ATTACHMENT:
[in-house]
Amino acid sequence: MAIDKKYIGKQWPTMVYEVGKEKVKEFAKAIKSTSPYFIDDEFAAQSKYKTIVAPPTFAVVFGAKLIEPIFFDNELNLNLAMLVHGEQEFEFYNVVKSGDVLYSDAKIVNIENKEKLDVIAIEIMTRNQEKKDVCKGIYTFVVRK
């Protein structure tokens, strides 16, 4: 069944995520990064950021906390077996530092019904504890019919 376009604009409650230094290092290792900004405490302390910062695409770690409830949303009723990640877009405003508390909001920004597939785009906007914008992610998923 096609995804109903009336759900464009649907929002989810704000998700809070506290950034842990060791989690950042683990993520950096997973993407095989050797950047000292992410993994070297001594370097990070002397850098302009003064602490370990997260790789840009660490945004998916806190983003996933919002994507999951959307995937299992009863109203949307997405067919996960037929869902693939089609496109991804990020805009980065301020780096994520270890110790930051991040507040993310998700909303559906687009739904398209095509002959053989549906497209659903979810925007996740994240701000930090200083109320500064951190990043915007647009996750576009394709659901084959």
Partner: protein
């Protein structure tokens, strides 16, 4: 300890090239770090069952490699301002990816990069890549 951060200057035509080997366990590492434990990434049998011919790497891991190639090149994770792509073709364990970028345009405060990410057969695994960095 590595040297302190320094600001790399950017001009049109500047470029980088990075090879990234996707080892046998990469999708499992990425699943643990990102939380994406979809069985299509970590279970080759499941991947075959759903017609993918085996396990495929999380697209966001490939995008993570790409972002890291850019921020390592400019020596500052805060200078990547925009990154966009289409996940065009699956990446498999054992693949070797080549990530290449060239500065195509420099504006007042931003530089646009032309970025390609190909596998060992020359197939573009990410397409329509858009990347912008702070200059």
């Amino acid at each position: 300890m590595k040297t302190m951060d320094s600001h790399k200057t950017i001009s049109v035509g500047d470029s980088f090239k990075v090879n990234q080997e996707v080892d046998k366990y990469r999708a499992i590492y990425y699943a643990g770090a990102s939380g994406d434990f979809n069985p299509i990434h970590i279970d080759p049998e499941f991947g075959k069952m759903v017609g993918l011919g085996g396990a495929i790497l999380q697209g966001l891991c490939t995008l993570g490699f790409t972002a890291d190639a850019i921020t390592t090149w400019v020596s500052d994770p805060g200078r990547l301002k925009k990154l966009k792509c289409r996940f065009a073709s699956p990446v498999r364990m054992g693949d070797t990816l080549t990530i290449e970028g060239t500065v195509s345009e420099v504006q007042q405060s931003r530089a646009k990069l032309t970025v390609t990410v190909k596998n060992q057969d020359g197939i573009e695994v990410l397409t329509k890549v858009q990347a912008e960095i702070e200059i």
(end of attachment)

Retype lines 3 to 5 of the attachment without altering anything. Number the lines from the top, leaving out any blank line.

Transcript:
């Protein structure tokens, strides 16, 4: 069944995520990064950021906390077996530092019904504890019919 376009604009409650230094290092290792900004405490302390910062695409770690409830949303009723990640877009405003508390909001920004597939785009906007914008992610998923 096609995804109903009336759900464009649907929002989810704000998700809070506290950034842990060791989690950042683990993520950096997973993407095989050797950047000292992410993994070297001594370097990070002397850098302009003064602490370990997260790789840009660490945004998916806190983003996933919002994507999951959307995937299992009863109203949307997405067919996960037929869902693939089609496109991804990020805009980065301020780096994520270890110790930051991040507040993310998700909303559906687009739904398209095509002959053989549906497209659903979810925007996740994240701000930090200083109320500064951190990043915007647009996750576009394709659901084959």
Partner: protein
């Protein structure tokens, strides 16, 4: 300890090239770090069952490699301002990816990069890549 951060200057035509080997366990590492434990990434049998011919790497891991190639090149994770792509073709364990970028345009405060990410057969695994960095 590595040297302190320094600001790399950017001009049109500047470029980088990075090879990234996707080892046998990469999708499992990425699943643990990102939380994406979809069985299509970590279970080759499941991947075959759903017609993918085996396990495929999380697209966001490939995008993570790409972002890291850019921020390592400019020596500052805060200078990547925009990154966009289409996940065009699956990446498999054992693949070797080549990530290449060239500065195509420099504006007042931003530089646009032309970025390609190909596998060992020359197939573009990410397409329509858009990347912008702070200059």